It is 4:45 a.m., and my alarm has woken me up for the day. It never does get easier, so I slowly and quietly move through my house to start each day. I quietly sit and drink a large glass of water while my dog eats his breakfast. We head out in the dark cool morning enjoying the quiet skies before the complexities of noise and the world take over. My health and financial well-being has been a practice of each day as I begin my mornings with self-care and intention.
Several years ago, while in high school, I came home to discover a notice from the bank indicating I had overdrawn my checking account. I quickly drove to the bank where I was kindly mentored by a professional woman on how to balance a checkbook. This influential moment had a strong impact on me, as I was a senior in high school working full time, living essentially on my own with an older sibling. There was no room for error when it came to my financial well-being. Having someone take the time to help me understand money was a small and simple gesture that has become more and more profound to me over time. I found that I was good at math and helping people, so just a few short months after high school, I was married and started my financial career as a bank teller.
Fast-forward five years, I was a banker helping others learn about money management and enjoying my career. I was also a mother of a beautiful 2-year-old little girl. Life was pretty good. Then, on Christmas morning, while spending time with my extended family (while my husband was working at the fire station) some of us had decided to go for a morning horseback ride. We were all set to go, but as I started riding, my horse decided to turn around and run back through the pasture. I fell from the horse and shattered my right humerus bone, which left me relying on my husband and mother for EVERYTHING over the next couple of days. During this time, I realized how much health and financial well-being collide with our daily lives.
As I spent many hours alone recovering, my practice of mindfulness began. Many life lessons occurred during this time including; gratitude, humility, and self-care/awareness. Through learning to take care of my body and by listening to what my spirit needed, I reached success on my journey to recovery. Financial stability was, however, crucial to allow the time and ability to recover and heal without additional stress over money.
This combination of our health and finances is a powerful protection to our loved ones and ourselves. Well-being is described as a state of being comfortable, healthy and/or happy. Money does not create these things; however, it has a great influence on them. As P.T. Barnum has said, “Money is a terrible master but an excellent servant.” This is true regardless of the size of a bank account. Financial statements and numbers are created by the story of our lives or the story of a business. It is the story that is most valuable and is protected by spending less than you make and saving a little each time you are paid. Financial management is the one of the most important activities of self-care and the ultimate measure of success over time. This can be accomplished by becoming informed and making better decisions.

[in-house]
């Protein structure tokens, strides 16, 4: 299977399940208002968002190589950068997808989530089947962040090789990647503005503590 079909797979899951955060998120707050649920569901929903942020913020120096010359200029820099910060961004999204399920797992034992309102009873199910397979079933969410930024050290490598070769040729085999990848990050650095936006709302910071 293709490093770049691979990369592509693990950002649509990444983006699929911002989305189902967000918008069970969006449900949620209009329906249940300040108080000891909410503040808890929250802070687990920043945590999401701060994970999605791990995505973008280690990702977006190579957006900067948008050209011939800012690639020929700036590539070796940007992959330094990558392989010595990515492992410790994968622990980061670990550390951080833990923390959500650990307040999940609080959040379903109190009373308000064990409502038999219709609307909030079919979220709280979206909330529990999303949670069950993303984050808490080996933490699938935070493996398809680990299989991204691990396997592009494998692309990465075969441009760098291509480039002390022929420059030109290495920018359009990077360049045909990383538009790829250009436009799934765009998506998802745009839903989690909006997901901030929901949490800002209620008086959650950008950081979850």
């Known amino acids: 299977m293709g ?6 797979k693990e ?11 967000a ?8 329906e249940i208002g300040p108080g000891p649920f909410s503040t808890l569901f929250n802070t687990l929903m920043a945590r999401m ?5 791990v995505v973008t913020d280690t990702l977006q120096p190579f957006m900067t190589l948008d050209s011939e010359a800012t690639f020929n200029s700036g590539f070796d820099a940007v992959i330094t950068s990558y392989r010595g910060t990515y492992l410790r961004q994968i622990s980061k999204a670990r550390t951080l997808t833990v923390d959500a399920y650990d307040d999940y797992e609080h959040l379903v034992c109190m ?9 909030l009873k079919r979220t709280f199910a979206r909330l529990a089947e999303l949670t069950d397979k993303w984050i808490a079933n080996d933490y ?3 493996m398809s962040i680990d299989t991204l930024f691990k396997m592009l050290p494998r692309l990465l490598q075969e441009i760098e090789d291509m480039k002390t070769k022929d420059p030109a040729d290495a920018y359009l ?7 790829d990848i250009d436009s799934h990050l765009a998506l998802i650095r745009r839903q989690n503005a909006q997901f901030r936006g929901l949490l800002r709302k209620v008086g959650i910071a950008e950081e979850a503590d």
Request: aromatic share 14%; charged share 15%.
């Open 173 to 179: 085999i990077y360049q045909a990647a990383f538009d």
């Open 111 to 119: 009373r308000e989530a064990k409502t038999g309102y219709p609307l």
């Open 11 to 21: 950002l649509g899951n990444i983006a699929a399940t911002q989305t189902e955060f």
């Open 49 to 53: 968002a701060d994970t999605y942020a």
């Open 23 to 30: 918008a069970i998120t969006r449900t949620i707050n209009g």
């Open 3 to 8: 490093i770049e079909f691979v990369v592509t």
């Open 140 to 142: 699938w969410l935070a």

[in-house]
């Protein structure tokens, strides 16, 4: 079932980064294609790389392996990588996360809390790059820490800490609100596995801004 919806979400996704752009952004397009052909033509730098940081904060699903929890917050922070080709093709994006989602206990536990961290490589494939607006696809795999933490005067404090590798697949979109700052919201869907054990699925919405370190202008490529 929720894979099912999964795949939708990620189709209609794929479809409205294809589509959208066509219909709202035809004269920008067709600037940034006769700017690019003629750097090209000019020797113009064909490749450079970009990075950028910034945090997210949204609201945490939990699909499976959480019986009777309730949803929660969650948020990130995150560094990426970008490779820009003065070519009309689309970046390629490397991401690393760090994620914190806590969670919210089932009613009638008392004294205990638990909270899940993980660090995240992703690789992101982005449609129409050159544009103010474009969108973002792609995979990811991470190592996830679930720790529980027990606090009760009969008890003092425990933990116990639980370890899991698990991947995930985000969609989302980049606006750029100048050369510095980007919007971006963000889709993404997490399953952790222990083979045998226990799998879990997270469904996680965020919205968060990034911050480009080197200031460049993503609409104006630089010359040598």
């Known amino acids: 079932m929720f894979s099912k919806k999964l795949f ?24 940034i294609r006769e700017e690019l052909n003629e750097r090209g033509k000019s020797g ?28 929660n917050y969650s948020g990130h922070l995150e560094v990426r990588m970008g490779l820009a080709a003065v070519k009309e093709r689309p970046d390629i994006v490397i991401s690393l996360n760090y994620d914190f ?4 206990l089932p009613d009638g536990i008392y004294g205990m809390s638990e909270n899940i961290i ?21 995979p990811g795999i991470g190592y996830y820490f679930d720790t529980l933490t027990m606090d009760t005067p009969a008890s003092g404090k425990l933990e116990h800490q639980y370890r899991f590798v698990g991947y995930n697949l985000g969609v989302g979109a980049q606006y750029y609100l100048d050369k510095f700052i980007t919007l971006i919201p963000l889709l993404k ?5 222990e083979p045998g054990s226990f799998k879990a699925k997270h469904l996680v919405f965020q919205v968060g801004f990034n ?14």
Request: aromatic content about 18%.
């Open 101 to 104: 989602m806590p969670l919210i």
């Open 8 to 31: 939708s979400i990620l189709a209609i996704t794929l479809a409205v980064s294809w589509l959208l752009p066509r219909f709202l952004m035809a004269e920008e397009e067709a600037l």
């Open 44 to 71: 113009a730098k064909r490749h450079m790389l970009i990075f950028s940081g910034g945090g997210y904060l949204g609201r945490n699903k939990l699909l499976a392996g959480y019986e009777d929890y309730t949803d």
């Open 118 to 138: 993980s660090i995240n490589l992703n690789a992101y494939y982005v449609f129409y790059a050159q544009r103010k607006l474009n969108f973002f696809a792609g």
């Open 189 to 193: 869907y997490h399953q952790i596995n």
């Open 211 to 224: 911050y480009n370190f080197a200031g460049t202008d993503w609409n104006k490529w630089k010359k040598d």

There are a few questions to consider first before creating a money plan; however, first remember, small and simple steps allow us to be better than we were yesterday. Be kind, gentle and patient, one step at a time.
Our bodies and minds are a wonderful and powerful gift, creating a place of safety for our souls to reside.
The First Step: Understand your relationship with money
Most of us have been raised with conditions around how we were loved, how we felt loved or how we received love. Our experiences of how we feel therefore influence the way financial decisions are made. Habits and biases are created when we are young, which most often reflect the way our parents felt about money and how they managed it. Please read the following questions and consider your feelings to help you become mindful of your current relationship with money.
You just got promoted with a 30% increase in pay. What do you do with your first paycheck?
Your car just broke down, and you have an unexpected $500 repair bill. How do you pay for it?
You just had a health crisis, and you are unable to go to work for the next six to eight weeks. Can you afford your current lifestyle without a reoccurring paycheck?
Taking the time to reflect and having meaningful conversation about money creates a mindful practice for the financial decision process and allows us to create the futures we want. Part of planning and the conversation should include a health plan that aligns with your finances. For most, individual safety and peace of mind are the ultimate desire; it cannot be bought or determined by a financial number. It can only be obtained by what we do, how we do it and lastly, understanding why we are doing what we do. Preparing and managing health and financial well-being for ourselves keeps us proactive not reactive.
Our daily activities compound into weeks, months and years that can greatly add or take away from our futures.
When we have the choice to make a decision (proactive) we often have more decision to choose from. However, if we wait until we have forced ourselves into a corner, we become reactive instead of proactive, thus eliminating opportunities and choices, taking away from our own futures. This is most often a result of avoidance, which becomes a larger liability to the success of health and financial well-being. Once you have taken the time to reflect on your emotions and current activities, creating a vision for your future, you can begin to look at the financial numbers to determine the best pathway and financial practice for you and your loved ones.